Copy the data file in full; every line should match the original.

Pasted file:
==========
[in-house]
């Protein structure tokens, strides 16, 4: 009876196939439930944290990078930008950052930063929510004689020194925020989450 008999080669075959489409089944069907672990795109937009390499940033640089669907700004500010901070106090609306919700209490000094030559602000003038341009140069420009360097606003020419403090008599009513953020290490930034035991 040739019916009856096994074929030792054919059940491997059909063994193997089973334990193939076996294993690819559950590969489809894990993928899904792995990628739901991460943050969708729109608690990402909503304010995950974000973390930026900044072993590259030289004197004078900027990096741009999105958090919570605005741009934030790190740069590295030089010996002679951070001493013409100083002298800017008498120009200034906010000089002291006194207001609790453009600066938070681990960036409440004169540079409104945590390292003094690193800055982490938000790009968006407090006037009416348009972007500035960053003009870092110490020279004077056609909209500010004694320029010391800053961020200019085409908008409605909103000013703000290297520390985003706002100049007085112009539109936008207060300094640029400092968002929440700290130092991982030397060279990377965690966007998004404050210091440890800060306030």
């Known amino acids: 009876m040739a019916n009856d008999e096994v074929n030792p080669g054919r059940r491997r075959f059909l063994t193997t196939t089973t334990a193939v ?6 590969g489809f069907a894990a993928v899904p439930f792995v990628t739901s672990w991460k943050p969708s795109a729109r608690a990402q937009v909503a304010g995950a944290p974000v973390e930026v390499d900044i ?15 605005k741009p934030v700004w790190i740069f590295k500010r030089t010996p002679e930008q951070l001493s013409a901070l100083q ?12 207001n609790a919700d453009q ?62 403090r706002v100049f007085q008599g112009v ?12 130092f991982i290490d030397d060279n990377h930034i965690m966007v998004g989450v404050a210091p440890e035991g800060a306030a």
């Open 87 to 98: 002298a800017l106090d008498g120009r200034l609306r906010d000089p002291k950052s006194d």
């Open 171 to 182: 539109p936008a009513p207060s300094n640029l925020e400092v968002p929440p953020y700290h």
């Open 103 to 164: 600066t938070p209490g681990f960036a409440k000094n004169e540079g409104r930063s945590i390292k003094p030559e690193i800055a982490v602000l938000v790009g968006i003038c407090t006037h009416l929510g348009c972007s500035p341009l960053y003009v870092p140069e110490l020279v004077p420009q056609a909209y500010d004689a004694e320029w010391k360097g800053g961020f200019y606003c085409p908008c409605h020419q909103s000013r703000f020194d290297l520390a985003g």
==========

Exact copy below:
[in-house]
């Protein structure tokens, strides 16, 4: 009876196939439930944290990078930008950052930063929510004689020194925020989450 008999080669075959489409089944069907672990795109937009390499940033640089669907700004500010901070106090609306919700209490000094030559602000003038341009140069420009360097606003020419403090008599009513953020290490930034035991 040739019916009856096994074929030792054919059940491997059909063994193997089973334990193939076996294993690819559950590969489809894990993928899904792995990628739901991460943050969708729109608690990402909503304010995950974000973390930026900044072993590259030289004197004078900027990096741009999105958090919570605005741009934030790190740069590295030089010996002679951070001493013409100083002298800017008498120009200034906010000089002291006194207001609790453009600066938070681990960036409440004169540079409104945590390292003094690193800055982490938000790009968006407090006037009416348009972007500035960053003009870092110490020279004077056609909209500010004694320029010391800053961020200019085409908008409605909103000013703000290297520390985003706002100049007085112009539109936008207060300094640029400092968002929440700290130092991982030397060279990377965690966007998004404050210091440890800060306030």
């Known amino acids: 009876m040739a019916n009856d008999e096994v074929n030792p080669g054919r059940r491997r075959f059909l063994t193997t196939t089973t334990a193939v ?6 590969g489809f069907a894990a993928v899904p439930f792995v990628t739901s672990w991460k943050p969708s795109a729109r608690a990402q937009v909503a304010g995950a944290p974000v973390e930026v390499d900044i ?15 605005k741009p934030v700004w790190i740069f590295k500010r030089t010996p002679e930008q951070l001493s013409a901070l100083q ?12 207001n609790a919700d453009q ?62 403090r706002v100049f007085q008599g112009v ?12 130092f991982i290490d030397d060279n990377h930034i965690m966007v998004g989450v404050a210091p440890e035991g800060a306030a």
């Open 87 to 98: 002298a800017l106090d008498g120009r200034l609306r906010d000089p002291k950052s006194d």
């Open 171 to 182: 539109p936008a009513p207060s300094n640029l925020e400092v968002p929440p953020y700290h």
């Open 103 to 164: 600066t938070p209490g681990f960036a409440k000094n004169e540079g409104r930063s945590i390292k003094p030559e690193i800055a982490v602000l938000v790009g968006i003038c407090t006037h009416l929510g348009c972007s500035p341009l960053y003009v870092p140069e110490l020279v004077p420009q056609a909209y500010d004689a004694e320029w010391k360097g800053g961020f200019y606003c085409p908008c409605h020419q909103s000013r703000f020194d290297l520390a985003g």